As I grow older, I come to terms with the temperament that, for good or ill, is mine. I thrive on variety. If had a whole week, 5 days of staying in and writing all day while the children were at school, I would feel restless. Two weeks of that, and I would feel very sorry for myself indeed. I am distractable. I can lose focus on my tasks. I am also a perfectionist, and can concentrate on getting a piece of writing just right for so long that I get bored with it.
And so, when I can afford it, and sometimes when I can’t, I travel. The long periods of walking around, or driving or flying to my destination gives me fallow, empty time to think. To remember what I want to do with what I have left of my life. To refocus. To remake my schedules which always get out of whack. To remember my goals. To refocus on them.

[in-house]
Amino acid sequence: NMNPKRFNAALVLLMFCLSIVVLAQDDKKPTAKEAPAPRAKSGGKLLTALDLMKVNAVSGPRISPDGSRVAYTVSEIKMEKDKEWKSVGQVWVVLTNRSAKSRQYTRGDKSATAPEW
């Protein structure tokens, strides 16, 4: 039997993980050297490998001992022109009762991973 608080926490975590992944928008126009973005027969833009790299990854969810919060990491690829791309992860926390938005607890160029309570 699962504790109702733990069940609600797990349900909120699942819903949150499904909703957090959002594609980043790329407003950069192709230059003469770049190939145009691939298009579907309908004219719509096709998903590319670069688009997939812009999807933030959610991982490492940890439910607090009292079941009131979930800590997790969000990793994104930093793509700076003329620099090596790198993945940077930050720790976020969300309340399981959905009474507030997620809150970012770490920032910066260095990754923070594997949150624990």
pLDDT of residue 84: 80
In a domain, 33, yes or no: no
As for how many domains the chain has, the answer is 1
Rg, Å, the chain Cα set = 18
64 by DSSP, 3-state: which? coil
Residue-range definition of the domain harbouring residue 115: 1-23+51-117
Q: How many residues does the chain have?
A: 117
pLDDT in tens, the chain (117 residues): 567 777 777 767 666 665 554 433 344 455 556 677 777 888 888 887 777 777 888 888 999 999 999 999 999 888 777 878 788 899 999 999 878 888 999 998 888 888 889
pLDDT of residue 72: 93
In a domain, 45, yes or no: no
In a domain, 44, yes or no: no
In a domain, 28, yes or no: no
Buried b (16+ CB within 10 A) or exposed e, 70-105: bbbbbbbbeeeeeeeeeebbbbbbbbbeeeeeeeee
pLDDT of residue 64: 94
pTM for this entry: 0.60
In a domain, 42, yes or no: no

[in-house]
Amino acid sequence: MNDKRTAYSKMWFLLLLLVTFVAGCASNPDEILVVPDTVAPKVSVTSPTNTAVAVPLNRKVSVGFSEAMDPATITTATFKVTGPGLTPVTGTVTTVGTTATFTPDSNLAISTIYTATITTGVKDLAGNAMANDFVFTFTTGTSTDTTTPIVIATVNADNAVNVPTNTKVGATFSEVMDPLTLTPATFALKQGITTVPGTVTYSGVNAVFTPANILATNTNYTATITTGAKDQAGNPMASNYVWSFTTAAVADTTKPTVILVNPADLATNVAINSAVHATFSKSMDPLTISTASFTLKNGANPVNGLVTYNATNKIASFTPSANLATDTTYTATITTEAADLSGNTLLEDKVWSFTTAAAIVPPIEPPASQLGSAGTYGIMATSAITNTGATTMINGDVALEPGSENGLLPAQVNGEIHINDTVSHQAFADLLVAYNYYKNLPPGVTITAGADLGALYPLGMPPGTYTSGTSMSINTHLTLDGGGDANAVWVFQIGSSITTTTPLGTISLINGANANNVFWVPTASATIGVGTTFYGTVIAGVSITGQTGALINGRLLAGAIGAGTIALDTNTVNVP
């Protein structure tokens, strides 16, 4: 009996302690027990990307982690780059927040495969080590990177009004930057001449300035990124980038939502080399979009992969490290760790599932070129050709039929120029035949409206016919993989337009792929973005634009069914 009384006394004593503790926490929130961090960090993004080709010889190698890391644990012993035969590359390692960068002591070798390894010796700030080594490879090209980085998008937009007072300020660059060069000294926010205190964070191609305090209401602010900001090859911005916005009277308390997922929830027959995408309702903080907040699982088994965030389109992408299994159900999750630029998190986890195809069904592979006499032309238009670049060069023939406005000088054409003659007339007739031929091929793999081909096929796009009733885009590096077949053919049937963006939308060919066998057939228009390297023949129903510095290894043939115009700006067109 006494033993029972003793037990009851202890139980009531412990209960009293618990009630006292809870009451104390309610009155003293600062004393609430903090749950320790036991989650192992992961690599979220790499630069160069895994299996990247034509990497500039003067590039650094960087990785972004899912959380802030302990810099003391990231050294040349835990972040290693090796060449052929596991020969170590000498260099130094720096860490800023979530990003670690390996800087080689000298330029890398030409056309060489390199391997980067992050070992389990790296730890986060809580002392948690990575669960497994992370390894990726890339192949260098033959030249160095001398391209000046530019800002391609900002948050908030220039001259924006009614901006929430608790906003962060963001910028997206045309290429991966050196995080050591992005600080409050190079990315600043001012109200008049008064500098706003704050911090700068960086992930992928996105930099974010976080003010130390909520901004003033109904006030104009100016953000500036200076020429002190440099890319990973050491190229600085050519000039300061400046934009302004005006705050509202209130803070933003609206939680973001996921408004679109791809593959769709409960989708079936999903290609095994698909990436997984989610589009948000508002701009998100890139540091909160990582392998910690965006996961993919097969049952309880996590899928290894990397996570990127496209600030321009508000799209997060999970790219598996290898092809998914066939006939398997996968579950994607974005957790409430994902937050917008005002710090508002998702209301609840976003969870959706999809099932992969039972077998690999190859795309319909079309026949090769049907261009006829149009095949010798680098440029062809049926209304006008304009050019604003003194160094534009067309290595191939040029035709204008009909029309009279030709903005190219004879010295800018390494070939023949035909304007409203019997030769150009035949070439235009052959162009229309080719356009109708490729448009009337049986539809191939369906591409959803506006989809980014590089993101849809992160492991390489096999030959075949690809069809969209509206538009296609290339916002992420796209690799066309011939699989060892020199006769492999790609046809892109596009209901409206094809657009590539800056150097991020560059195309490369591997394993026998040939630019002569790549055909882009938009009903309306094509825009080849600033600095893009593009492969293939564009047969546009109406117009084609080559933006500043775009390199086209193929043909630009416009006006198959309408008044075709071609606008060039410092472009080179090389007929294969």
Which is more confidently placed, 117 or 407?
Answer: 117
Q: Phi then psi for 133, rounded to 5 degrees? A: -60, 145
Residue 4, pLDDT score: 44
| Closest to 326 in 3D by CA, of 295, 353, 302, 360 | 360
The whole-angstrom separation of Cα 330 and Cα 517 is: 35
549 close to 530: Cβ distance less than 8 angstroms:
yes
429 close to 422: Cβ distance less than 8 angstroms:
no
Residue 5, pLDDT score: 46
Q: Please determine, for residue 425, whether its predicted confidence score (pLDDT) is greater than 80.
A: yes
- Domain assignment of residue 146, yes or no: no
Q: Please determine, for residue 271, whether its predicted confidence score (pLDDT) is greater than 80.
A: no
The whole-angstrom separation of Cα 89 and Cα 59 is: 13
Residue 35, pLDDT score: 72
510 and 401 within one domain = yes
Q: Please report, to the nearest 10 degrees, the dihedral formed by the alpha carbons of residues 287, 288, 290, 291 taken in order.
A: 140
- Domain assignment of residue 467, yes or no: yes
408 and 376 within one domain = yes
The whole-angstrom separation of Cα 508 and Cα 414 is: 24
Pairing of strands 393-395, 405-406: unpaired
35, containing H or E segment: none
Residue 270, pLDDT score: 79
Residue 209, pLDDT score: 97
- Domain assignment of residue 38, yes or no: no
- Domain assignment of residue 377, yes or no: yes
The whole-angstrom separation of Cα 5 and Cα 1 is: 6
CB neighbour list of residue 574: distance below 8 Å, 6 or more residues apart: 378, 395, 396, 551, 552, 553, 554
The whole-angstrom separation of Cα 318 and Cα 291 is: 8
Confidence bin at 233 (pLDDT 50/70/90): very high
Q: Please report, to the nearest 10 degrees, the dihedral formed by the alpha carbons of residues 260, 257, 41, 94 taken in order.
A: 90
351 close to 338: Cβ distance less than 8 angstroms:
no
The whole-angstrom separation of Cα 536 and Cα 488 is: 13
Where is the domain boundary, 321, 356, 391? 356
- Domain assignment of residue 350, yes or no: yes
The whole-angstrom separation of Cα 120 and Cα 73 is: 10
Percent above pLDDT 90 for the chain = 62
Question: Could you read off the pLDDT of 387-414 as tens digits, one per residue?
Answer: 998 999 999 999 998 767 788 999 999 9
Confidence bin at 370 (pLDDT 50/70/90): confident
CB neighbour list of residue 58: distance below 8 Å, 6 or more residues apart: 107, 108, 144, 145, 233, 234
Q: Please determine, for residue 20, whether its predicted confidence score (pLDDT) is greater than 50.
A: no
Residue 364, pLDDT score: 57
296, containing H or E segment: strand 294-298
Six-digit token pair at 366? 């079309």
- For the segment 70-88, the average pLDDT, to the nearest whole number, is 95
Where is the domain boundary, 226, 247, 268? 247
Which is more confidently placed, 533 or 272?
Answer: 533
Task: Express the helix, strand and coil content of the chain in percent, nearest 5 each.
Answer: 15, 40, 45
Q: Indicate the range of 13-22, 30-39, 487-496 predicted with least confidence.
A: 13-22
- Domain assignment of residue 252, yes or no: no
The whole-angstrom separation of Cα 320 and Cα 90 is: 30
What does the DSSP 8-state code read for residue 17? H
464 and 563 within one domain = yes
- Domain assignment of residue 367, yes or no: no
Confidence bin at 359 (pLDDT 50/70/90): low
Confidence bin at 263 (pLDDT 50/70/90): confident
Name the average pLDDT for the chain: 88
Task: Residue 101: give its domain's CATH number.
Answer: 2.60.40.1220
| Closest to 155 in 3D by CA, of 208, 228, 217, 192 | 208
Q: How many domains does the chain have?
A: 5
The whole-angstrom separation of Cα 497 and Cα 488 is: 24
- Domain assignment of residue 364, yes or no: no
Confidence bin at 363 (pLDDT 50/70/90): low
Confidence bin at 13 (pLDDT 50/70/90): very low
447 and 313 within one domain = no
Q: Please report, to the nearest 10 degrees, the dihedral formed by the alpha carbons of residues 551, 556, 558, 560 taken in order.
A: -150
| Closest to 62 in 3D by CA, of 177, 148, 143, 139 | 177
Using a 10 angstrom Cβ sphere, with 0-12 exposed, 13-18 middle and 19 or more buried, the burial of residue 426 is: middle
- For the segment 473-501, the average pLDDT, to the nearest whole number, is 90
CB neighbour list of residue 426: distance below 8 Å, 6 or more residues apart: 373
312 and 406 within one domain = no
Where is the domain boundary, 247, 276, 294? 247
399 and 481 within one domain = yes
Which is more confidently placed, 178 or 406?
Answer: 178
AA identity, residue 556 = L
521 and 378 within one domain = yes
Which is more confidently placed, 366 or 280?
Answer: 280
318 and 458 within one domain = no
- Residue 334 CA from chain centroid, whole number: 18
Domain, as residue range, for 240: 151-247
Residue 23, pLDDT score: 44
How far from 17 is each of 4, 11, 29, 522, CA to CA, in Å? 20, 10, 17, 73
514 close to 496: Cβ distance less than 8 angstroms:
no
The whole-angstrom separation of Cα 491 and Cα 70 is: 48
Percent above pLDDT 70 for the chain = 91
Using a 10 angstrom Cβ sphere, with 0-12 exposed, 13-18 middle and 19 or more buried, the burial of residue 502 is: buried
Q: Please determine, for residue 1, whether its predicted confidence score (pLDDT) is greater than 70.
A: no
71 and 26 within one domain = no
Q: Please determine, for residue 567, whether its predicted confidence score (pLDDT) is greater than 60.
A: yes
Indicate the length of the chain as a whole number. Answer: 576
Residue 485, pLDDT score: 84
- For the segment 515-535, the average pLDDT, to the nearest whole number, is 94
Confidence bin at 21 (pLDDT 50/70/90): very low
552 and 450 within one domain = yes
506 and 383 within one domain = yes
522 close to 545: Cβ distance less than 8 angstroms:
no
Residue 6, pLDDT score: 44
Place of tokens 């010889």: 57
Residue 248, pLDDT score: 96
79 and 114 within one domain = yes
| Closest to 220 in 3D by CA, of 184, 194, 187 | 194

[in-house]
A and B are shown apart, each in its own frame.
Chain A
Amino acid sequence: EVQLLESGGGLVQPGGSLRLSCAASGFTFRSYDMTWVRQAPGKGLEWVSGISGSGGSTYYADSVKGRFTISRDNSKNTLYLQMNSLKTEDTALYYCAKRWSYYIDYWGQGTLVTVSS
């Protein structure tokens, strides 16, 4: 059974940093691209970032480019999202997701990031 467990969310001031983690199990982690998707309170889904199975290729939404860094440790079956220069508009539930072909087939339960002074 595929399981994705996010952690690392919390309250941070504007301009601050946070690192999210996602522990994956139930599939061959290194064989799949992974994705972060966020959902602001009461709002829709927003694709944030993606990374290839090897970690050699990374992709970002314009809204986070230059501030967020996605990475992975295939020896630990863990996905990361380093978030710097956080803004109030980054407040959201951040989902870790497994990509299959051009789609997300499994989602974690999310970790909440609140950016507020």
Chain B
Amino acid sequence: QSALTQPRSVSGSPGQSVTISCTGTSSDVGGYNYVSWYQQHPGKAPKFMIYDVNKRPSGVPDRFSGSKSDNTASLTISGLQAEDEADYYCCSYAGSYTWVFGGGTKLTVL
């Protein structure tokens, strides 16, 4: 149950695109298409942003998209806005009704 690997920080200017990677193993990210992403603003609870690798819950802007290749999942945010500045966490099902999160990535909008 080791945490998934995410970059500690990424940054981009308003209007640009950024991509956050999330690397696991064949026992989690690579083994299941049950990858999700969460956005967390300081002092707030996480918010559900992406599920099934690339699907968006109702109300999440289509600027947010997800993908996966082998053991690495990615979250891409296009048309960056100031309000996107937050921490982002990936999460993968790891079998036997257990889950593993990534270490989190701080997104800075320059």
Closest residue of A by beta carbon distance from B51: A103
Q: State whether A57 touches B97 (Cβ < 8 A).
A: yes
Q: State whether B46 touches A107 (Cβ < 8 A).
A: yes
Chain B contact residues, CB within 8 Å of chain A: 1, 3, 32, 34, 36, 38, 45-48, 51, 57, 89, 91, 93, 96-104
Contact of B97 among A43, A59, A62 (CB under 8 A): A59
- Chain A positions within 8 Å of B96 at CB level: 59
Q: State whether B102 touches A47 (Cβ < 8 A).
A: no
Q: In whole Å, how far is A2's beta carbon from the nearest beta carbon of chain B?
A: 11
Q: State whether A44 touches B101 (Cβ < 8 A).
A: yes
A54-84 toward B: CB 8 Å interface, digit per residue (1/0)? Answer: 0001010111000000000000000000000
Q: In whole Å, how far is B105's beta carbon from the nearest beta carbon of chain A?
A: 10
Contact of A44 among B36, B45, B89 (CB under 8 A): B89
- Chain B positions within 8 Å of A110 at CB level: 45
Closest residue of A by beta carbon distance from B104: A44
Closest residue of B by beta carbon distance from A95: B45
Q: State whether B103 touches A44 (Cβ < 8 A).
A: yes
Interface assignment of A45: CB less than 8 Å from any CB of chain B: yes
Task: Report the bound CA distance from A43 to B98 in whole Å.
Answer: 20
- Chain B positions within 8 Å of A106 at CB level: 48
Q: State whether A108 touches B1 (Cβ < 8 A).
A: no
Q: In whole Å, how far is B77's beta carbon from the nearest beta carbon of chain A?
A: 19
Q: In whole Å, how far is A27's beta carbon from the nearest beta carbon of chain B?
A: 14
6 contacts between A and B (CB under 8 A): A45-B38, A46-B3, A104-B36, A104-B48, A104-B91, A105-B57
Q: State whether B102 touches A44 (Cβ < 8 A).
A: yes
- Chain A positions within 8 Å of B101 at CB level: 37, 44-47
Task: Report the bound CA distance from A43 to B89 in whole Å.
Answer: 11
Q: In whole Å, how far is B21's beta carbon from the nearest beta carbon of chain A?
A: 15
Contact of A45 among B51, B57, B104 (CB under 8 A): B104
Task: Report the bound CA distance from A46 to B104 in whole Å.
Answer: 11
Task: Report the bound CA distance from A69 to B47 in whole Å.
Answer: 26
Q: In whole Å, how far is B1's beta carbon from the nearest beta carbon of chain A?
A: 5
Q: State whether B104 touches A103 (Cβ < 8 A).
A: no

Travel is also a form of education. I grab books about the places I am going to. I read their history. I find out about their artists and architects. I see their work. If I can, I read or skim-read some of their writers. It refills me with zest and enthusiasm for living. I come back with a head full of ideas and new knowledge.
So, while I love the experience of travel–the break from the monotony of one’s house and its chores, and one’s quotidian routine; the experience of wandering on fabled streets, breathing in their sights and sounds, and seeing fabulous art, buildings and churches, I also travel because I cannot really contemplate month and after month in the same house, beloved though it is.
Pascal said that all man’s miseries stemmed from a single cause: His inability to sit quietly in a room.
How did he know? Because he was unable to?
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